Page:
Sunday, January 18, 2009
ACTOR ON-THE-RISE: Ken Leung
During this lovely snowstorm, I found time to abuse my Instant Watch option on Netflix. Since it has a new restriction where the film has an expiration date, I chose the only film set to expire, a romantic dramedy called Shanghai Kiss.
The film is about a depressed, 28-year-old, aspiring actor (Ken Leung) who feels torn between being American and being Chinese, traumatized by his mother's death, which was accidentally caused by his alcholic father, and troubled by his growing affection for a sixteen year old girl (Hayden Panettiere from "Heroes"), who refuses to only be his friend. While this has "disturbing pedophilia fantasy" written all over it, Leung has honed his cynical rage-against-stereotypes persona long enough to come off as broken and relatable, instead of a pathetic perv. He has a pinch of Woody Allen and Billy Crystal sprinkled over his features as he delivers every hard-hitting punch line and over-confident criticism.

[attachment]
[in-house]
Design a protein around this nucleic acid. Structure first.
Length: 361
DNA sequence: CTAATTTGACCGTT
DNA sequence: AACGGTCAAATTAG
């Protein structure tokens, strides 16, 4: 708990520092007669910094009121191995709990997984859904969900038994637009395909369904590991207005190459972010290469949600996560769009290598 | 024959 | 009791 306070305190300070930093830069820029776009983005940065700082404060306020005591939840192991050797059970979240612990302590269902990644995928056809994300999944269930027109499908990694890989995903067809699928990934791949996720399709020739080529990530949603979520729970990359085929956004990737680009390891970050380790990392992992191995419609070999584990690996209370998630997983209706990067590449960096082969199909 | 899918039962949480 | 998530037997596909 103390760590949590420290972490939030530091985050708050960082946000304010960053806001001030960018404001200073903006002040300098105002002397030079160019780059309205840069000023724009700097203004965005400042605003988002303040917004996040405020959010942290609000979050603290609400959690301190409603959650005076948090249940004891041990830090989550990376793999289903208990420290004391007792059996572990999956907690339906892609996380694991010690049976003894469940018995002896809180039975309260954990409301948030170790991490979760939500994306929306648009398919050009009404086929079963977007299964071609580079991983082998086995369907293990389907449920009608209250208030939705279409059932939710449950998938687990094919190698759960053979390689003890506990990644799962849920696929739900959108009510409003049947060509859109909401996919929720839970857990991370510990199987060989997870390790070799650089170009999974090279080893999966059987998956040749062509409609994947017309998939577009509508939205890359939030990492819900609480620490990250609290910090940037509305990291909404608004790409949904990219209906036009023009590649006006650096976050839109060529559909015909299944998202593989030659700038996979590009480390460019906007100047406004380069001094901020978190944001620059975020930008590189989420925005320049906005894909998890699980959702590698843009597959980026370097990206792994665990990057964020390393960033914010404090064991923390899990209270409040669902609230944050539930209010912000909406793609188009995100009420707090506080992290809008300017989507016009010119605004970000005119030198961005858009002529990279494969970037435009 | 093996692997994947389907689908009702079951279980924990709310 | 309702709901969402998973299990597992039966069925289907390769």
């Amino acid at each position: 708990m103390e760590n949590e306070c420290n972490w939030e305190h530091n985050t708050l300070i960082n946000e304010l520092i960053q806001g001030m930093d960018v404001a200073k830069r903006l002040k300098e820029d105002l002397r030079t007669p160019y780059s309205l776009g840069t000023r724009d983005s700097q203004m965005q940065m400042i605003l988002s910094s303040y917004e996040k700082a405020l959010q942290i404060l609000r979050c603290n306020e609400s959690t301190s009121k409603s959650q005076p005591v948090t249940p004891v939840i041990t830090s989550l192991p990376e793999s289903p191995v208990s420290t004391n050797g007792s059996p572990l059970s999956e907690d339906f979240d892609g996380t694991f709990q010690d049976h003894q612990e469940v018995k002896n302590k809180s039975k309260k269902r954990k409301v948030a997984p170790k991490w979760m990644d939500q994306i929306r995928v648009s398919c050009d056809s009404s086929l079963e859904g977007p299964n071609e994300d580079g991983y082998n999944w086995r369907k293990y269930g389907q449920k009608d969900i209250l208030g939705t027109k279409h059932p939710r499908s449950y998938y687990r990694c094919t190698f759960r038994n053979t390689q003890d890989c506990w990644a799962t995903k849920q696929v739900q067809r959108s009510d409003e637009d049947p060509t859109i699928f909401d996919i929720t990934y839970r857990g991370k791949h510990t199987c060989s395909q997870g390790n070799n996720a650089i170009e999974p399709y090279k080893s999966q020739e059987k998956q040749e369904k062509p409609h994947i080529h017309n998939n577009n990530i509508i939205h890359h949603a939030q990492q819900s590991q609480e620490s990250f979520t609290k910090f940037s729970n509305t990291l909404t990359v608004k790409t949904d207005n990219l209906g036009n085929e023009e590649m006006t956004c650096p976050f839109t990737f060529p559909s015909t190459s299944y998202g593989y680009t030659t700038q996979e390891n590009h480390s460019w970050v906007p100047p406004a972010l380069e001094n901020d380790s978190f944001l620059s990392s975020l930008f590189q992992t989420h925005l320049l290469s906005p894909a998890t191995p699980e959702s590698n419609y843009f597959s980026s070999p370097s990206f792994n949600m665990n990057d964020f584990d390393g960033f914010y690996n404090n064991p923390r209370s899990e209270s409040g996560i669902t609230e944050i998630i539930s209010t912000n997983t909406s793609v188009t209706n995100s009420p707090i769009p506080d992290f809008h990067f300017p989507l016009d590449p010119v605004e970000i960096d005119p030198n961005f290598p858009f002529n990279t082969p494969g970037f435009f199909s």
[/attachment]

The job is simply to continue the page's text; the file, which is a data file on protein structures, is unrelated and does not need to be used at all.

I first saw him, as many did, in Rush Hour as the villain, battling Jackie Chan. It was your typical Asian role--ten minutes of combat and maybe three lines if you're lucky. It wasn't until 8 years later that I noticed him again in X-Men: The Last Stand as Kid Omega, a sort of porcupine-type mutant villain. Not that many lines, but also no martial arts. At 38-years-old, after almost fifteen years in this business, he's finally found his niche. You probably haven't even noticed that you've seen him in action on "Lost" as Miles, one of the "rescuers" who has an interesting ability to sense and speak to the dead. Despite such an emotional gift, his character is perceived as a sarcastic and self-preserving jerk with his own hidden agenda. Thus, Leung has created a name for himself, not as yet another "Asian" actor, but as a cynical comedic actor.
If you can't wait to see him in action this Wednesday when "Lost" returns with a 2-hour premiere, then I suggest renting (or searching Youtube for) Shanghai Kiss, which I believe is his first and only lead role. And just in case you're worried about being skeeved-out by the age difference, take comfort in knowing that their relationship is totally PG.
Just watch the first 3.5 minutes of this clip to get sold on the film (and Leung):